]. Circular polarization is usually used for laser communications terminals because the received weak laser beam can be isolated from the transmitted powerful laser beam with orthogonal polarization by using a quarter wave plate in front of the internal optics. If we follow the definition by the Institute of Electrical and Electronics Engineers (IEEE), the classical optics definition of circular polarization is just the opposite of the IEEE definition [28

28. D. Roddy, Satellite communications–2nd ed. (McGraw-Hill, New York, 1989).

]. The left-handed circular polarization for RF signals (LHCP|RF) is defined as the counterclockwise direction of the electro-magnetic field at the fixed observation plane from the back-side view of the propagation direction. This definition is common for satellite communications; however, LHCP|RF is regarded as RHCP|Optical and vice versa according to convention.

4.3 Polarization measurements through space-to-ground laser links

5. Conclusion

Acknowledgements

The authors express their appreciation to the team members of the Japan Aerospace Exploration Agency, Space Engineering Development Co. Ltd. and NEC Toshiba Space Systems, Ltd., for their support in conducting the experiments.

References and links

1.

Ministry of Education, Culture, Sports, Science and Technology (MEXT) “Report on science and technology policy on contributing the secure and safety society,” http://www.mext.go.jp/a_menu/kagaku/anzen/houkoku/04042302/all.pdf (in Japanese, 2004)

2.

C. H. Bennett, and G. Brassard, “Quantum cryptography: public key distribution and coin tossing,” Proc. International Conference on Computers, Systems & Signal Processing, Bangalore, India, (1984).

3.

N. Gisin, G. Ribordy, W. Tittel, and H. Zbinden, “Quantum cryptography,” Rev. Mod. Phys. 74(1), 145–195 ( 2002). [CrossRef]

4.

D. Bouwmeester, A. Ekert, and A. Zeilinger, eds., The Physics of Quantum Information, (Springer, New York, 2000).

5.

M. Fujiwara, M. Takeoka, J. Mizuno, and M. Sasaki, “Exceeding the classical capacity limit in a quantum optical channel,” Phys. Rev. Lett. 90(16), 167906 ( 2003). [CrossRef] [PubMed]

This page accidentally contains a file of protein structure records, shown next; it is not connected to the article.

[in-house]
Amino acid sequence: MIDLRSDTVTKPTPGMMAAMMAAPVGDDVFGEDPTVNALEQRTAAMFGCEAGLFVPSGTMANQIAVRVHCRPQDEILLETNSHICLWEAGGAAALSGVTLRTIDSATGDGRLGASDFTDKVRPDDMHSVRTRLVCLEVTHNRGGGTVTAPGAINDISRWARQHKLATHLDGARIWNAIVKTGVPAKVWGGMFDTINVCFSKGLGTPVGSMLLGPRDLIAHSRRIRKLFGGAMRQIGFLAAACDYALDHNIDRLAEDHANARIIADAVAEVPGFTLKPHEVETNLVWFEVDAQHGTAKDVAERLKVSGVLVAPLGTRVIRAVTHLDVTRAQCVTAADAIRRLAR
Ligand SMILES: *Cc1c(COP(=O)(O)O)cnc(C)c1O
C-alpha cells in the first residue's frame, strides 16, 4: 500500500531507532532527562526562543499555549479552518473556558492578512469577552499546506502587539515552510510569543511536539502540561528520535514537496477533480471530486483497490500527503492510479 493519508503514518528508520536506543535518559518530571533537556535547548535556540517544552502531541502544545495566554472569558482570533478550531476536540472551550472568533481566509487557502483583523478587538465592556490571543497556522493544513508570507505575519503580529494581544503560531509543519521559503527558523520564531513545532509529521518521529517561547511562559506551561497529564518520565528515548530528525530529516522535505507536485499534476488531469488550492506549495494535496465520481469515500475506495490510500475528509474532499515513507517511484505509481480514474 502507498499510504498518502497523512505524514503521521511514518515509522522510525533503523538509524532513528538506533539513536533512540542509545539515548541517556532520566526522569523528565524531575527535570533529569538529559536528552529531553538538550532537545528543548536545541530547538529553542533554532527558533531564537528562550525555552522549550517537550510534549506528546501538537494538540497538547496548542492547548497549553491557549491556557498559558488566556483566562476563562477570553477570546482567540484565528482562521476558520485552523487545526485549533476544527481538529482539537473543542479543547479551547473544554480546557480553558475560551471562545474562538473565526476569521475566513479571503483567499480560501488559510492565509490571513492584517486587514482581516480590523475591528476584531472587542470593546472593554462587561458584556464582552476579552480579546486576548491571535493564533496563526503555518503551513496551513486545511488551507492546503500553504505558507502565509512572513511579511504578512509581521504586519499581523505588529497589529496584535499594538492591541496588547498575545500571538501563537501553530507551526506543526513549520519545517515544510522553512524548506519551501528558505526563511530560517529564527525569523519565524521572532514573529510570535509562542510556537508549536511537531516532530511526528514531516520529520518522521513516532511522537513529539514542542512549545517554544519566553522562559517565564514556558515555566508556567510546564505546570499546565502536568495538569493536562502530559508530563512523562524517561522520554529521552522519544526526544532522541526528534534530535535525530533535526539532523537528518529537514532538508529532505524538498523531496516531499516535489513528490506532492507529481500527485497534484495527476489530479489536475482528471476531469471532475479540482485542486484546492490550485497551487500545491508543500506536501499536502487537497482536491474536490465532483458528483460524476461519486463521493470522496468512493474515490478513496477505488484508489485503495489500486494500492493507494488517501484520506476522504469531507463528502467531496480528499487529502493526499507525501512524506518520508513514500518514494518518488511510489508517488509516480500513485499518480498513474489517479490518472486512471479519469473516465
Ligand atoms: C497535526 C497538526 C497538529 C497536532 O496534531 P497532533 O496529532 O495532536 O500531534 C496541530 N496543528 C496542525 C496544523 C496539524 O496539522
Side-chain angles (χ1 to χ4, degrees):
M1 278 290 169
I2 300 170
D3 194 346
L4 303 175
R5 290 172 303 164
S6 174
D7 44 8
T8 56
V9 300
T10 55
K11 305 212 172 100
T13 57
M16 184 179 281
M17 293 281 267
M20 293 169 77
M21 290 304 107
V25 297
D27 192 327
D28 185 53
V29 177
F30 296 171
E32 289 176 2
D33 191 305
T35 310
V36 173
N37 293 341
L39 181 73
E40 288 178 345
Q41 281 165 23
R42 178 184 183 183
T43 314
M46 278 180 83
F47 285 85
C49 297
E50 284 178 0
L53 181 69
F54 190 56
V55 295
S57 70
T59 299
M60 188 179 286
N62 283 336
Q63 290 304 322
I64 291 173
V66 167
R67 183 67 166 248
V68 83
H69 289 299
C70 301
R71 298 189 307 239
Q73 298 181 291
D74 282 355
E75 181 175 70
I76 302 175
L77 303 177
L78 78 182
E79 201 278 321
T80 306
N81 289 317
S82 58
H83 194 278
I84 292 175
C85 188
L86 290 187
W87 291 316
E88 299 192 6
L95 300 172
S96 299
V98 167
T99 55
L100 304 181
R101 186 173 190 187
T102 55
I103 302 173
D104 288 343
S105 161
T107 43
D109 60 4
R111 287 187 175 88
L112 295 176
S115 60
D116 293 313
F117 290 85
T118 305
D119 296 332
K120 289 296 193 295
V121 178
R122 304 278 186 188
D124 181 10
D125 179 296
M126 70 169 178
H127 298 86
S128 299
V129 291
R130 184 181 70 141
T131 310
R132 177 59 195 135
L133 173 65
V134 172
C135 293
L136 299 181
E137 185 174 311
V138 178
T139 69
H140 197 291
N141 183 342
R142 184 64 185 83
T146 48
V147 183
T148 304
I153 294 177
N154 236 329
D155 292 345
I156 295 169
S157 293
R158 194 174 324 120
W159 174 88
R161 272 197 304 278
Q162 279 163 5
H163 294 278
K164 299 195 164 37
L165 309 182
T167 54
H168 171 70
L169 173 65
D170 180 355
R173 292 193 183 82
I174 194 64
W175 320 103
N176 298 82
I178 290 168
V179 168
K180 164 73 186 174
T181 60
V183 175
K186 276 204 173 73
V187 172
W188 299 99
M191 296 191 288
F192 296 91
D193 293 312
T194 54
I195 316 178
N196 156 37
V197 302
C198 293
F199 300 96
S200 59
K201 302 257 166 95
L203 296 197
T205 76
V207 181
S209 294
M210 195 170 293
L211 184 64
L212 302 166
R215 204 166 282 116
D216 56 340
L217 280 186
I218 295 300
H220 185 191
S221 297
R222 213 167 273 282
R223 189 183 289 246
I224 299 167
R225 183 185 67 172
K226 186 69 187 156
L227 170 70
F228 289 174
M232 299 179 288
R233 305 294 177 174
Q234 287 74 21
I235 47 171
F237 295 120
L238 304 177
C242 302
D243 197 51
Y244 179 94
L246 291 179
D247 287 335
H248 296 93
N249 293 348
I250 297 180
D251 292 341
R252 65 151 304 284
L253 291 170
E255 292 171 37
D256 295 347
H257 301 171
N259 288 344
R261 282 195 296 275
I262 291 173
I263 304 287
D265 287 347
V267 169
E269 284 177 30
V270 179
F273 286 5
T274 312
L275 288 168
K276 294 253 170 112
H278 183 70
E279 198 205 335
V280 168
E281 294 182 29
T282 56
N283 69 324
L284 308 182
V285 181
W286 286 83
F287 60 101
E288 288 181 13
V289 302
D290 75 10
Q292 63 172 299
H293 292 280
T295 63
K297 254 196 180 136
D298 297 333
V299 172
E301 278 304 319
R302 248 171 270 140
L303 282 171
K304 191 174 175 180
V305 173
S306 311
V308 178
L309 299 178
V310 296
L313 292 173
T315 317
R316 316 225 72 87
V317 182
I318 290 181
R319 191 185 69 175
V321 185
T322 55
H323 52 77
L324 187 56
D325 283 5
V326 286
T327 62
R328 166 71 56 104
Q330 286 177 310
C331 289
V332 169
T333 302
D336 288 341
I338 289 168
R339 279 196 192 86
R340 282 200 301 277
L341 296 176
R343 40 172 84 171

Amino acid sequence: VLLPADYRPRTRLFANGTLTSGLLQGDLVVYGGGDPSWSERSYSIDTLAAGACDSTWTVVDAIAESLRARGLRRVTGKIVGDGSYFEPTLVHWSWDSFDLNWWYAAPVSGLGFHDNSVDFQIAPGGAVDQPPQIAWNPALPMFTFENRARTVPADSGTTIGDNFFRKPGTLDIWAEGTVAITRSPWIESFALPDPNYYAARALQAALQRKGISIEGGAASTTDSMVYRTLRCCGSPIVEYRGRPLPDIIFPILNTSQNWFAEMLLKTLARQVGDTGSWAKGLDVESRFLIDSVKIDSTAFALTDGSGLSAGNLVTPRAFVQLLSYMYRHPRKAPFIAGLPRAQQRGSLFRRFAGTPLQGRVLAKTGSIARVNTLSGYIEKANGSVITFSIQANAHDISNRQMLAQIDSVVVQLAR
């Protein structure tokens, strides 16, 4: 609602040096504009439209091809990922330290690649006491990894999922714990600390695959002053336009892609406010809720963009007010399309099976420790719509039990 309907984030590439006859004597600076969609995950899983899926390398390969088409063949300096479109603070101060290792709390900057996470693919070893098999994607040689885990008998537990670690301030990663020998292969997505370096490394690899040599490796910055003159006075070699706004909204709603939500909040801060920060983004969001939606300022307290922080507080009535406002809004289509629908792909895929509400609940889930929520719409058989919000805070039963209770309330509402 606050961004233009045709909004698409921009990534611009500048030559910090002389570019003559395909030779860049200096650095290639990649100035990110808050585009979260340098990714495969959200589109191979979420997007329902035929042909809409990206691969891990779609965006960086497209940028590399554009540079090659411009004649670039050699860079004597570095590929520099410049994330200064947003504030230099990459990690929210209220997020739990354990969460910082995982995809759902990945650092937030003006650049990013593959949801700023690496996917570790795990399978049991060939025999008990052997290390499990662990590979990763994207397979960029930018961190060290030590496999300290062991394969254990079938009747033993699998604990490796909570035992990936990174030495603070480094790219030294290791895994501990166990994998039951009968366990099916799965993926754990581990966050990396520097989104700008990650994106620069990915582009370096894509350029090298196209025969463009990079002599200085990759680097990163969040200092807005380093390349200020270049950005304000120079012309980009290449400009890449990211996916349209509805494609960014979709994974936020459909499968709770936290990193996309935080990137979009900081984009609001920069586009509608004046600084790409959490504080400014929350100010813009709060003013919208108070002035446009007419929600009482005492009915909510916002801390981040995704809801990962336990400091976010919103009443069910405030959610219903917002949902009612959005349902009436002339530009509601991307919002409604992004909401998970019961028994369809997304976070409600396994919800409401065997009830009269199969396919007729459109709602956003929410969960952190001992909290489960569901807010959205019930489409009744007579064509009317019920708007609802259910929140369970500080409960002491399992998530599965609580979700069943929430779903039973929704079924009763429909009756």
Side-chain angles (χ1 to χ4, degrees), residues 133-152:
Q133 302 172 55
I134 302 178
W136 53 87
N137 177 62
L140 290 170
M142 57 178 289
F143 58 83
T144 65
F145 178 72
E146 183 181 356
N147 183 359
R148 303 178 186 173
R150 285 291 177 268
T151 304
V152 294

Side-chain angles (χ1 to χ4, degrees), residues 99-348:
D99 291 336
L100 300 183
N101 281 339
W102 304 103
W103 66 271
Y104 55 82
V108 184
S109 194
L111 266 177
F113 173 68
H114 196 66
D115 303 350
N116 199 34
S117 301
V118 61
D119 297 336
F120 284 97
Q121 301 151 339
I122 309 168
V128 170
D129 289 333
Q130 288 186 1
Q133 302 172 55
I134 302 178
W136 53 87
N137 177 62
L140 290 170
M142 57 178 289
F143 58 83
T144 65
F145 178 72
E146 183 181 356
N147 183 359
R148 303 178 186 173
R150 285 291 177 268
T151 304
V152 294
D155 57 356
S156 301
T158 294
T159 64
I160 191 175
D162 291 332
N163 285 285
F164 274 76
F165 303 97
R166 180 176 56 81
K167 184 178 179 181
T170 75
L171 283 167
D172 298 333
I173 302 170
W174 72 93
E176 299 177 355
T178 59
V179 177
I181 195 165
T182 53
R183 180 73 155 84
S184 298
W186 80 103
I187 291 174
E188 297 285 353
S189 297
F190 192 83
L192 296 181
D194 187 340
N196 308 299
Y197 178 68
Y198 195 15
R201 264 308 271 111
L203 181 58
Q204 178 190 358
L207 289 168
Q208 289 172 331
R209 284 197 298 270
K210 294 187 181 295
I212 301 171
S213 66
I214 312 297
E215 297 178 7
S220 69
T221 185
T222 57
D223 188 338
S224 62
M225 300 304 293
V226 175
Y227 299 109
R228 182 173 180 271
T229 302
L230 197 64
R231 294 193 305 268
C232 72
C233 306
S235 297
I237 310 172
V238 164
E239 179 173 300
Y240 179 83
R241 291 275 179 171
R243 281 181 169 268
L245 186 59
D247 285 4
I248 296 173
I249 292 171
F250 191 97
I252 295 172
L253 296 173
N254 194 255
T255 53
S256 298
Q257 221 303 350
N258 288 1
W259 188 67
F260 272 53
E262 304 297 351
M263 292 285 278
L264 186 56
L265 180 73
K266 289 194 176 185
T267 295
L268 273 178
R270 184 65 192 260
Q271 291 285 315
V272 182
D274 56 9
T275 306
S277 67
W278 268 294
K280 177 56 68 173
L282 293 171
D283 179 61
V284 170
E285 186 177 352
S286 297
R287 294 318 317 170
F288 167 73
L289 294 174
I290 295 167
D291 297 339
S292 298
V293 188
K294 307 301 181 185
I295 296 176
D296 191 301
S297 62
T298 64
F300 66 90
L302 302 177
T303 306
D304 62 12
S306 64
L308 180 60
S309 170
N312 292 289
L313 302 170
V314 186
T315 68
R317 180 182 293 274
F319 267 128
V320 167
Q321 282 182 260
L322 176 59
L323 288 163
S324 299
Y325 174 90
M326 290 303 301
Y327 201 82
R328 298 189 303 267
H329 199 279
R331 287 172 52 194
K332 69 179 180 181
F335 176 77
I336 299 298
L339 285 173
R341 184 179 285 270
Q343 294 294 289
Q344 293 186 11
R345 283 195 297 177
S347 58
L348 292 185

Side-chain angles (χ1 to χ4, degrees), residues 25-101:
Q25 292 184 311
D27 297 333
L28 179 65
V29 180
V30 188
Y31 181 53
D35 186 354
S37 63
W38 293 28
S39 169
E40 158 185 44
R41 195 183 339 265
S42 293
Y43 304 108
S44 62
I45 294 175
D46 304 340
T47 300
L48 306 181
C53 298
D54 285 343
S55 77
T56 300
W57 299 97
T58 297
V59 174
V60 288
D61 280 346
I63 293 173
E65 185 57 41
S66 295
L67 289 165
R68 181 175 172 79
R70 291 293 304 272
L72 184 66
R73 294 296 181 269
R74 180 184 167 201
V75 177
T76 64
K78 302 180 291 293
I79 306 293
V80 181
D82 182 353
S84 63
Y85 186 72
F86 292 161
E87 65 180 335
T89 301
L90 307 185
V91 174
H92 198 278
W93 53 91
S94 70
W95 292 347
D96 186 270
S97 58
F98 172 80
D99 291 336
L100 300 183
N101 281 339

6.

Specification sheet of Cerberis, http://www.idquantique.com/products/files/Cerberis-specs.pdf

7.

Data sheet of MAGIQ QPN 8505, http://www.magiqtech.com/MagiQ/Products_files/8505_Data_Sheet.pdf

8.

Data sheet of SQBox Defender, http://www.smartquantum.com/IMG/pdf/SQBox_Defender_Datasheet-3.pdf

9.

M. E. Peck, “Geneva Vote Will Use Quantum Cryptography,” http://spectrum.ieee.org/oct07/5634

10.

R. J. Hughes, J. E. Nordholt, D. Derkacs, and C. G. Peterson, “Practical free-space quantum key distribution over 10 km in daylight and at night,” N. J. Phys. 4, 43 ( 2002). [CrossRef]

11.

J. W. Strohbehn and S. F. Clifford, “Polarization and Angle-of -Arrival Fluctuatifoonr sa Plane Wave Propagated Through a Turbulent Medium,” IEEE Trans. on Antennas and Propagation, AP 15(3), 416–421 ( 1967). [CrossRef]

12.

E. Collett and R. Alferness, “Depolarization of a Laser Beam in a Turbulent Medium,” J. Opt. Soc. Am. 62(4), 529–533 ( 1972). [CrossRef]

13.

D. Höhn, “Depolarization of a Laser Beam at 6328 Ǻ due to Atmospheric Transmission,” Appl. Opt. 8(2), 367–369 ( 1969). [CrossRef] [PubMed]

14.

J. N. Bradford and J. W. Tucker, “A Sensitive System for Measuring Atmospheric Depolarization of Light,” Appl. Opt. 8(3), 645–647 ( 1969). [CrossRef]

15.

M. Breger and J. C. Hsu, “On standard polarized stars,” Astrophys. J. 262, 732–738 ( 1982). [CrossRef]

16.

Interstellar-polarized standard stars, University of Arizona, http://chinadoll.as.arizona.edu/~schmidt/spol/polstds.html

17.

D. Batcheldor, A. Robinson, D. Axon, D. C. Hines, W. Sparks, and C. Tadhunter, “The NICMOS polarimetric calibration,” Publ. Astron. Soc. Pac. 118(842), 642–650 ( 2006). [CrossRef]

18.

G. D. Schmidt, R. Elston, and O. L. Lupie, “The Hubble Space Telescope northern-hemisphere grid of stellar polarimetric standards,” Astron. J. 104(4), 1563–1567 ( 1992). [CrossRef]

19.

J. Grosinger, “Investigation of Polarization Modulation in Optical Free Space Communications through the Atmosphere,” Master Thesis, Technical University of Vienna, February, (2008).